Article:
Andrew Lloyd Webber has launched his new musical about the establishment's "scapegoating" of a major figure in the Profumo affair - with the help of former showgirl Mandy Rice-Davies.
Rice-Davies and Christine Keeler were key figures in the 1963 sex scandal, which threatened to topple the Conservative government of the time.
The new musical, Stephen Ward, is the story of the society figure who is said to have introduced John Profumo, who later resigned as secretary of state for war, and showgirl Keeler at a party at Cliveden.
Ward, a London osteopath, was charged with living off immoral earnings. He took an overdose of sleeping tablets on the last day of his trial and was found guilty while in a coma.
Webber said that the musical was the story of how the "establishment used Stephen Ward to get off the hook" and how it "came together to find a scapegoat".
He added: "We do pass judgment. We do make it very clear that he was very shabbily treated. There are people who feel it was one of the greatest miscarriages of justice that ever happened."
Rice-Davies, who helped advise on the musical, said she thought she would enjoy the show, which opens at the Aldwych Theatre in December, and that she agreed to take part, advising Webber, because she thought he would create an "honest witness".
"I wanted the story told about Stephen Ward," she said, "one that will fill the gap between the man and the myth."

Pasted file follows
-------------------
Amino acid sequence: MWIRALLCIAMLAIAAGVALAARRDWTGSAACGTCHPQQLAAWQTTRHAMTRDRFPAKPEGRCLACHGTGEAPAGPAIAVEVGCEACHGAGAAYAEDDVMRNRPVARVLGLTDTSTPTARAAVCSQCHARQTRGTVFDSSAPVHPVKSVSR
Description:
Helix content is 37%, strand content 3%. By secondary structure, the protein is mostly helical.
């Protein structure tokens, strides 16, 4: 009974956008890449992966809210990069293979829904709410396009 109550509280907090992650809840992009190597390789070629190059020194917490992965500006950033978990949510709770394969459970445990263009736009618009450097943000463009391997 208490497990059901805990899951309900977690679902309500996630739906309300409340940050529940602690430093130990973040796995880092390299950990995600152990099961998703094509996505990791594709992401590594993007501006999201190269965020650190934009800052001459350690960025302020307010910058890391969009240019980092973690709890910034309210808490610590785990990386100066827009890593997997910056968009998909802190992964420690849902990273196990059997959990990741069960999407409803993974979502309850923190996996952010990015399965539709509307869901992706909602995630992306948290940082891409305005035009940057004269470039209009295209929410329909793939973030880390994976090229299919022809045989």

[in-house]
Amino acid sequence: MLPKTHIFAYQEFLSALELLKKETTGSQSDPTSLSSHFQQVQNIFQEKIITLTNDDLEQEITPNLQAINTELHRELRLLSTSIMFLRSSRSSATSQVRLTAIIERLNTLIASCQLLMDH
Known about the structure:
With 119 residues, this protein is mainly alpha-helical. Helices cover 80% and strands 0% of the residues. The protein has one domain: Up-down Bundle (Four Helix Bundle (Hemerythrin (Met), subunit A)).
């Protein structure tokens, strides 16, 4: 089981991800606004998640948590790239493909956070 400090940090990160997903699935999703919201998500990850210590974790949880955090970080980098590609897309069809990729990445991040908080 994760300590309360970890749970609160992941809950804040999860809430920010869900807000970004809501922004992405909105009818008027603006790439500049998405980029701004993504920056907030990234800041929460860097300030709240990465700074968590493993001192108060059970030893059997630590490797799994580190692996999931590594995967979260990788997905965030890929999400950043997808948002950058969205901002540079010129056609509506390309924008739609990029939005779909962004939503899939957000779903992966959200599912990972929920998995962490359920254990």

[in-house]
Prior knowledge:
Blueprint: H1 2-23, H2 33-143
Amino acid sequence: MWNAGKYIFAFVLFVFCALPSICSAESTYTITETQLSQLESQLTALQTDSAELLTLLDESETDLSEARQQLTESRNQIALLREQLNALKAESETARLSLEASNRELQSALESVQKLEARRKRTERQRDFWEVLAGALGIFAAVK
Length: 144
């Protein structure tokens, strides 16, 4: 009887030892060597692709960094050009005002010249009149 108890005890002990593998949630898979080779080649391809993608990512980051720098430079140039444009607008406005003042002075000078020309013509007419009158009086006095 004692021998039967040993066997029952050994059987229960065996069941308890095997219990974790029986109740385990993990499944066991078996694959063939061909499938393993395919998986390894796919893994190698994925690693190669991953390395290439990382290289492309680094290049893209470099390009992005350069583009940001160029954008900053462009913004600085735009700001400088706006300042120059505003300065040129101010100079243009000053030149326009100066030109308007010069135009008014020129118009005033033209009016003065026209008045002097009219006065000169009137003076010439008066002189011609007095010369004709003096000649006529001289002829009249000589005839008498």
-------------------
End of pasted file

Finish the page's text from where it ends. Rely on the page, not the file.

Rice-Davies said that she had not seen the 1989 film Scandal about the Profumo affair.
Asked if she worried about how she might be perceived, she said: "I'm 70 next year. Who gives a damn?"
She said that her former friend Keeler was not involved in the musical.
"I haven't seen Christine since the 1980s. Andrew wrote to her saying 'would she like to be involved?' But she had something of her own going on, she just wasn't interested."
Rice-Davies said: "For some reason she doesn't like me. I can't understand it. Maybe it's because I lived abroad, I escaped the obvious prejudice she's suffered."
She said of Ward: "Stephen Ward was difficult, an oddball. He was certainly part of the vanguard movement of free love and free sex and being at the vanguard, he got shot down first. Of course he was a scapegoat. The Government was trying to control public morals."